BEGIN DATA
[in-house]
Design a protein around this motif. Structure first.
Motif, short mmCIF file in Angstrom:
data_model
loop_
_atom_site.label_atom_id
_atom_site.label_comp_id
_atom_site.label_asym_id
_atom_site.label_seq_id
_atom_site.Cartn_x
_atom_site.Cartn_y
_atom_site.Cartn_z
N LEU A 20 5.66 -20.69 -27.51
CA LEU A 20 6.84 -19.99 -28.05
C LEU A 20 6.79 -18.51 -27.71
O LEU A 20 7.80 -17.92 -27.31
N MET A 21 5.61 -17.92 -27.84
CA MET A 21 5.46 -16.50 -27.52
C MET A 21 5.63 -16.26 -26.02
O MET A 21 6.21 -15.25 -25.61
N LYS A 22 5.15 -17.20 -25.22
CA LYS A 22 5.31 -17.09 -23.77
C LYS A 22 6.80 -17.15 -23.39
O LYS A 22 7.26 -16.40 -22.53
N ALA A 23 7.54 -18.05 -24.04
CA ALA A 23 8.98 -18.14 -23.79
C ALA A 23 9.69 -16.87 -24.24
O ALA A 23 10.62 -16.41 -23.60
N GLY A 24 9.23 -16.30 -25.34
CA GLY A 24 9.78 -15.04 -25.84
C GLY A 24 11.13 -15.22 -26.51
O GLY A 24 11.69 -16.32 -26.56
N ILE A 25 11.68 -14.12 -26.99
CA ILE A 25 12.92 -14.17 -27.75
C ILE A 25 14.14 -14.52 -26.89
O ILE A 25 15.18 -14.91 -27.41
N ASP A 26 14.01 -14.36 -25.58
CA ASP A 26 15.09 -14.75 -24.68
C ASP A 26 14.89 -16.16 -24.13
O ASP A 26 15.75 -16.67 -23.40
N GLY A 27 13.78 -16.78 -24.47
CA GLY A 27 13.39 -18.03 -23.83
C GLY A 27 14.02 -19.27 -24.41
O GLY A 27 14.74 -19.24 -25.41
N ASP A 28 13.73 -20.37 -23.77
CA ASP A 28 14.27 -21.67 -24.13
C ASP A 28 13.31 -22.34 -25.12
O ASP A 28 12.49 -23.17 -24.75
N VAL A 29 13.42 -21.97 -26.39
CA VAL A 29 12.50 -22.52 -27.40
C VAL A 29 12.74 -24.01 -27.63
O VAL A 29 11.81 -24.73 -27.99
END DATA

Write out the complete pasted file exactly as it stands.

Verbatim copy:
[in-house]
Design a protein around this motif. Structure first.
Motif, short mmCIF file in Angstrom:
data_model
loop_
_atom_site.label_atom_id
_atom_site.label_comp_id
_atom_site.label_asym_id
_atom_site.label_seq_id
_atom_site.Cartn_x
_atom_site.Cartn_y
_atom_site.Cartn_z
N LEU A 20 5.66 -20.69 -27.51
CA LEU A 20 6.84 -19.99 -28.05
C LEU A 20 6.79 -18.51 -27.71
O LEU A 20 7.80 -17.92 -27.31
N MET A 21 5.61 -17.92 -27.84
CA MET A 21 5.46 -16.50 -27.52
C MET A 21 5.63 -16.26 -26.02
O MET A 21 6.21 -15.25 -25.61
N LYS A 22 5.15 -17.20 -25.22
CA LYS A 22 5.31 -17.09 -23.77
C LYS A 22 6.80 -17.15 -23.39
O LYS A 22 7.26 -16.40 -22.53
N ALA A 23 7.54 -18.05 -24.04
CA ALA A 23 8.98 -18.14 -23.79
C ALA A 23 9.69 -16.87 -24.24
O ALA A 23 10.62 -16.41 -23.60
N GLY A 24 9.23 -16.30 -25.34
CA GLY A 24 9.78 -15.04 -25.84
C GLY A 24 11.13 -15.22 -26.51
O GLY A 24 11.69 -16.32 -26.56
N ILE A 25 11.68 -14.12 -26.99
CA ILE A 25 12.92 -14.17 -27.75
C ILE A 25 14.14 -14.52 -26.89
O ILE A 25 15.18 -14.91 -27.41
N ASP A 26 14.01 -14.36 -25.58
CA ASP A 26 15.09 -14.75 -24.68
C ASP A 26 14.89 -16.16 -24.13
O ASP A 26 15.75 -16.67 -23.40
N GLY A 27 13.78 -16.78 -24.47
CA GLY A 27 13.39 -18.03 -23.83
C GLY A 27 14.02 -19.27 -24.41
O GLY A 27 14.74 -19.24 -25.41
N ASP A 28 13.73 -20.37 -23.77
CA ASP A 28 14.27 -21.67 -24.13
C ASP A 28 13.31 -22.34 -25.12
O ASP A 28 12.49 -23.17 -24.75
N VAL A 29 13.42 -21.97 -26.39
CA VAL A 29 12.50 -22.52 -27.40
C VAL A 29 12.74 -24.01 -27.63
O VAL A 29 11.81 -24.73 -27.99